Releasing Too Much Gas? New Portable Gasoline Containers Will Help Improve Air and Water Quality
Did you know that portable gasoline containers contribute to air and water pollution in several ways, and may even be affecting your family’s health? Most households contain at least one gasoline container, usually stored in the garage, for refueling yard and garden equipment or recreational vehicles. While pollution from a single gas can seems small, the total number of containers is such that they contribute significantly to smog-forming emissions and water contamination. Air and water pollution from gasoline storage and use has been directly linked to human illnesses and damage to plants and animals.
New and improved fuel containers are now available that have been redesigned to eliminate the release of air pollutants and potential for spillage during use and storage. Consumers can take a positive step toward helping the environment by voluntarily replacing their older cans with these new fuel containers.
Gasoline fumes contain smog-forming volatile organic compounds (or VOCs) that escape from gas cans into the air when fuel is being dispensed. Vapors also escape through secondary vent holes in the cans or inadequately capped spouts and can even permeate through the plastic walls of the container. Sometimes gasoline is spilled onto equipment or on the ground during refueling. When this occurs, chemicals contained in the gasoline, such as benzene, toluene or MtBE, can contaminate drinking water wells, public water supplies and surface waters.
When you shop for a new portable gas container, read the label carefully and look for those that are spill-proof and meet the new standards for VOC emissions. The new cans may be identified by the phrase "Spill-Proof System" or "Spill-Proof Spout" on the label. Special features include: automatic shut-off devices that stop the flow of fuel before the tank can overflow, and that close and seal when removed from the fuel tank; single openings for both filling and pouring, eliminating secondary vent holes; and less permeable materials that limit the amount of vapors that can escape.
Use of these new containers will help New Hampshire meet federally-mandated requirements to reduce harmful air emissions by eliminating more than one ton of VOC emissions per day in the state. By March 1, 2007, retailers will be required by state regulations to only sell the new, spill-proof fuel containers or gas cans that meet new environmentally-safe standards. In the meantime, you can get a jump on helping the environment with your new purchase.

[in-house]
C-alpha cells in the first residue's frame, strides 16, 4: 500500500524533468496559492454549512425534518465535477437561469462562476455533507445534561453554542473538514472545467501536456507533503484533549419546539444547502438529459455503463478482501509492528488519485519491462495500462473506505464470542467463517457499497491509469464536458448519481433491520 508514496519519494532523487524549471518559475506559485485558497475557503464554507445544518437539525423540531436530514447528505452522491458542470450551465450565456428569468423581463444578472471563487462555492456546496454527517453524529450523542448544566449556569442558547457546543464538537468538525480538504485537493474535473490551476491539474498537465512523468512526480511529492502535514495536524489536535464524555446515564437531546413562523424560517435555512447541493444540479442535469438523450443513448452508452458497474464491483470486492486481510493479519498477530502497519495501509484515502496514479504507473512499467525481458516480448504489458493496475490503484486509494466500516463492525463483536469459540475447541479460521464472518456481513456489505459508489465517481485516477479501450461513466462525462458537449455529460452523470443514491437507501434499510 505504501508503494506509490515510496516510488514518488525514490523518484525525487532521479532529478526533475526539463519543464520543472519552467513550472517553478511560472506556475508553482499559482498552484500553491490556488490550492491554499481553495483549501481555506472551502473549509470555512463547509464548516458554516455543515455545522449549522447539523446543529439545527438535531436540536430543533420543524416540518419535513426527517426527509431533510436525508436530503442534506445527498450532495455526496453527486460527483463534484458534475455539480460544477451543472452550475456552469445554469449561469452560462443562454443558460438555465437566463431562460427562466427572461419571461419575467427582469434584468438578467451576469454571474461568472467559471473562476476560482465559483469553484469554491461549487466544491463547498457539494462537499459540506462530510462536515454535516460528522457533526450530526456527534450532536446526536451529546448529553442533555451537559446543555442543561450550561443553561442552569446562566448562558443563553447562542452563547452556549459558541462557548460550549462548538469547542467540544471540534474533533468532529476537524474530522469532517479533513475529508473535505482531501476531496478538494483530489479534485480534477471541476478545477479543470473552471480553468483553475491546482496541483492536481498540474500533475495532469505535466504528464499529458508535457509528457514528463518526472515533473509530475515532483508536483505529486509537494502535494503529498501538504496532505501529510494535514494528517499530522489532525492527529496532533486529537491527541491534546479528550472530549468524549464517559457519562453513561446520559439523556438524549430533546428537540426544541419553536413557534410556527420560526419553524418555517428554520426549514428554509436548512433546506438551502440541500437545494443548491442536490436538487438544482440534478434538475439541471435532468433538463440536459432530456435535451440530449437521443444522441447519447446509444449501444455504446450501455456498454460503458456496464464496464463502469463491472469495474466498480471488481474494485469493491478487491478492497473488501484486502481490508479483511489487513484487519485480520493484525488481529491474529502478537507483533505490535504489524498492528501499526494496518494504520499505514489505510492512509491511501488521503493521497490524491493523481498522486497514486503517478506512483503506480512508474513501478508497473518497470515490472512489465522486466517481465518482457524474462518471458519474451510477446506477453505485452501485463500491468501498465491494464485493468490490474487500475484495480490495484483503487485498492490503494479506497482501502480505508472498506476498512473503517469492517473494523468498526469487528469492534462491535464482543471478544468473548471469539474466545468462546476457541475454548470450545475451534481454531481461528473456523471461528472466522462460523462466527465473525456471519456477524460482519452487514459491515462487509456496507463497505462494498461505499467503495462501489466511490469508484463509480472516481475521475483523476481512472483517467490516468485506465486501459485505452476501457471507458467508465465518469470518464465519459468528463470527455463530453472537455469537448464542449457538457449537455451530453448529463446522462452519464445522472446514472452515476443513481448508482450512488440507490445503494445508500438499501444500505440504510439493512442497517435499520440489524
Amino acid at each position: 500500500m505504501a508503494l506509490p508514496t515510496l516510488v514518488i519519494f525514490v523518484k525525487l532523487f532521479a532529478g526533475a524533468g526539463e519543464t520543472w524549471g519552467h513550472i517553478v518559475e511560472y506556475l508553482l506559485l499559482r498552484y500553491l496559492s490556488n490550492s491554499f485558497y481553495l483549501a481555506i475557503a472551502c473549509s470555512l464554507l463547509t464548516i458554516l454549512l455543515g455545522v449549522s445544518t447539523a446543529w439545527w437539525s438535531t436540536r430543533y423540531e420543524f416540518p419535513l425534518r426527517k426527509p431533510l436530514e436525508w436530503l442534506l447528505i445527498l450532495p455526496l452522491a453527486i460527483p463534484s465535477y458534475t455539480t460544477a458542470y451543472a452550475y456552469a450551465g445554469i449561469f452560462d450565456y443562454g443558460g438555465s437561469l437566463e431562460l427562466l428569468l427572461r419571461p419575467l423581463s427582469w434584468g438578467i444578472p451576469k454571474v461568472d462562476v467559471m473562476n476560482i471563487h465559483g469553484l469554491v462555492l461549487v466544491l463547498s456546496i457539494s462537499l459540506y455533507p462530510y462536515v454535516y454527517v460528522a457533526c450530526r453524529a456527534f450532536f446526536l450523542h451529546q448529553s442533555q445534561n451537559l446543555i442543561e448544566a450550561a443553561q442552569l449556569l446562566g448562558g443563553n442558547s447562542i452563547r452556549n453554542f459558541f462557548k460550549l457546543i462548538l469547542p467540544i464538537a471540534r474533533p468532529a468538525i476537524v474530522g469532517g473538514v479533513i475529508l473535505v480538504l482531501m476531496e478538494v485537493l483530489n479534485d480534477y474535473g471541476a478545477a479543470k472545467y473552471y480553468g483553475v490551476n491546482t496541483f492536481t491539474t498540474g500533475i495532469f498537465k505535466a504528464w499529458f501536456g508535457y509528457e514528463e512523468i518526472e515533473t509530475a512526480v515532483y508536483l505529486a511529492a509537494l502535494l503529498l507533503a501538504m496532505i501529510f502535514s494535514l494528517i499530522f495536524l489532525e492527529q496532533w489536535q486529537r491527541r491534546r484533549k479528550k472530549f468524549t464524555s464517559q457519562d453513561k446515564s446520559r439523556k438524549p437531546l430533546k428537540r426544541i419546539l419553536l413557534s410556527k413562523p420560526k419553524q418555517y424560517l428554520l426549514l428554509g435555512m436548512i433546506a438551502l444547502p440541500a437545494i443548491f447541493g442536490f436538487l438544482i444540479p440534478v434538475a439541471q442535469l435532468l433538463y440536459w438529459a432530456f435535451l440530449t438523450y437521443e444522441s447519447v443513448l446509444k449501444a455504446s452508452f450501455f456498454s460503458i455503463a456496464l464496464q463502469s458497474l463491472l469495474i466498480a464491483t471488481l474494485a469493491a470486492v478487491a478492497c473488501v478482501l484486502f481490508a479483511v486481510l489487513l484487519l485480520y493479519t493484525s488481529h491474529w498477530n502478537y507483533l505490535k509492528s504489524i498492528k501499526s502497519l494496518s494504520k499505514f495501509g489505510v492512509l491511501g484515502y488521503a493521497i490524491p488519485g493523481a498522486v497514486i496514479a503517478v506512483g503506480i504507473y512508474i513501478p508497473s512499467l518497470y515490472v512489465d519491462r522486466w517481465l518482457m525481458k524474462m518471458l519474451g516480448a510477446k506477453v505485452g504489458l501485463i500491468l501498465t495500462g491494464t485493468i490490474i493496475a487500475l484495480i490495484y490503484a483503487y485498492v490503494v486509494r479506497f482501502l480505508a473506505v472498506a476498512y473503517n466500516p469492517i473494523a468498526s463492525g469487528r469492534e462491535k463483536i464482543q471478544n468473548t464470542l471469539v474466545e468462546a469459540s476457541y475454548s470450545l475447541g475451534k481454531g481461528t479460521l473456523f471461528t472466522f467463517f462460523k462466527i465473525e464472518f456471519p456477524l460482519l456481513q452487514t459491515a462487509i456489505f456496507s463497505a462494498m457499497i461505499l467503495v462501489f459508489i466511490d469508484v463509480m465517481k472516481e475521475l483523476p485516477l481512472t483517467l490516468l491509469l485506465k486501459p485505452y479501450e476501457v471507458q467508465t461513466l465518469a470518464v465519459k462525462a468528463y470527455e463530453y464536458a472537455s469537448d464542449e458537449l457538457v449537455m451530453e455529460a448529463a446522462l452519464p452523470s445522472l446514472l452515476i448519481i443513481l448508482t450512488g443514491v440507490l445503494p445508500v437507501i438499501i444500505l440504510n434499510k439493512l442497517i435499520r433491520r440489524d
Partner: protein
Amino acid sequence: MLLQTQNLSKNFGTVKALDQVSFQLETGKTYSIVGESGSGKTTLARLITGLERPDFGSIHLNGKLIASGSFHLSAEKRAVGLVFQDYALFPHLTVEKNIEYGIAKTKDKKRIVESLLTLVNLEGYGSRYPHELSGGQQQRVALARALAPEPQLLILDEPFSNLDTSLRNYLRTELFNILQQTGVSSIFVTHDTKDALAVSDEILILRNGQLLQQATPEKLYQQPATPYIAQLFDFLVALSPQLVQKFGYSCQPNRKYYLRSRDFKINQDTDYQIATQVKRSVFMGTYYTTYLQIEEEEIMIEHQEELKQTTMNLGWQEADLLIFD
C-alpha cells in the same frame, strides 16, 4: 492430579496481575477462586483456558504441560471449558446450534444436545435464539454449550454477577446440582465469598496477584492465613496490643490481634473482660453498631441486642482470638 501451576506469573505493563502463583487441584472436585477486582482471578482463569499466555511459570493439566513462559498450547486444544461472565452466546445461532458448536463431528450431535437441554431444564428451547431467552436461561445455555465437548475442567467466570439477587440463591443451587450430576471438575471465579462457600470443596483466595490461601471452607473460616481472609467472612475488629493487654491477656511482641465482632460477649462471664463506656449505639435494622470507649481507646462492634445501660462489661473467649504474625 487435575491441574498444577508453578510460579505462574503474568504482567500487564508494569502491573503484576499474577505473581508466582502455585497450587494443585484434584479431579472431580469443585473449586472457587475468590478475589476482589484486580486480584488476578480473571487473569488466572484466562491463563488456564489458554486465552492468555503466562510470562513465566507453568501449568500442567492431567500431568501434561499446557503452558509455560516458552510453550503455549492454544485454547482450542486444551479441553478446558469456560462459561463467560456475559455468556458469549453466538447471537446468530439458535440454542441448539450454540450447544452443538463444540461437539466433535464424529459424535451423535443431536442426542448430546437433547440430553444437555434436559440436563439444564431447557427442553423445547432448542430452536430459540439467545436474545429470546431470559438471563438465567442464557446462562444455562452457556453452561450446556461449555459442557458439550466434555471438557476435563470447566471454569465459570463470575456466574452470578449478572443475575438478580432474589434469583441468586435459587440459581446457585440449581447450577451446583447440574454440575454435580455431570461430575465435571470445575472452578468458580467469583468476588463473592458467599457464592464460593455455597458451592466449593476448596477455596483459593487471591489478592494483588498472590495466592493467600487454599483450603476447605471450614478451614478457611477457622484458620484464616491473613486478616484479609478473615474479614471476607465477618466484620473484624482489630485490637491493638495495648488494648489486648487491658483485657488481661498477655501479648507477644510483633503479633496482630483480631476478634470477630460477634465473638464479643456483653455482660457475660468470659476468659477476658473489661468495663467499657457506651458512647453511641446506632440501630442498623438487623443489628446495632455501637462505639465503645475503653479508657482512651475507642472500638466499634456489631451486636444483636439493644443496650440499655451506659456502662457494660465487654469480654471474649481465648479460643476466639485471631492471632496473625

In addition to using the improved gas cans, consumers can protect air and water quality from harmful gasoline contaminants in the following ways:
- Avoid spilling gasoline on the ground. Don’t top off your fuel tank when filling your lawn mower, snow blower or other yard or recreational equipment.
- Refuel or repair engines away from water supplies or wells, or if possible, over a concrete floor, and immediately clean up any gas or oil spills.
- Dispose of waste gasoline and clean up materials safely and properly. Never drain gasoline or oil onto the ground or pour down drains.
- Never use gasoline to start fires.
- Use caution when refueling boats to avoid spilling gasoline into waterbodies.
- Store gasoline properly by keeping the containers tightly closed and placing them in dry, well-ventilated locations. Do not store gasoline in your basement or outdoors.
For More Information
For more information on gasoline containers and the new regulations, contact Michael Fitzgerald of the DES Air Resources Division at (800) 498-6868, (603) 271-6390 or firstname.lastname@example.org.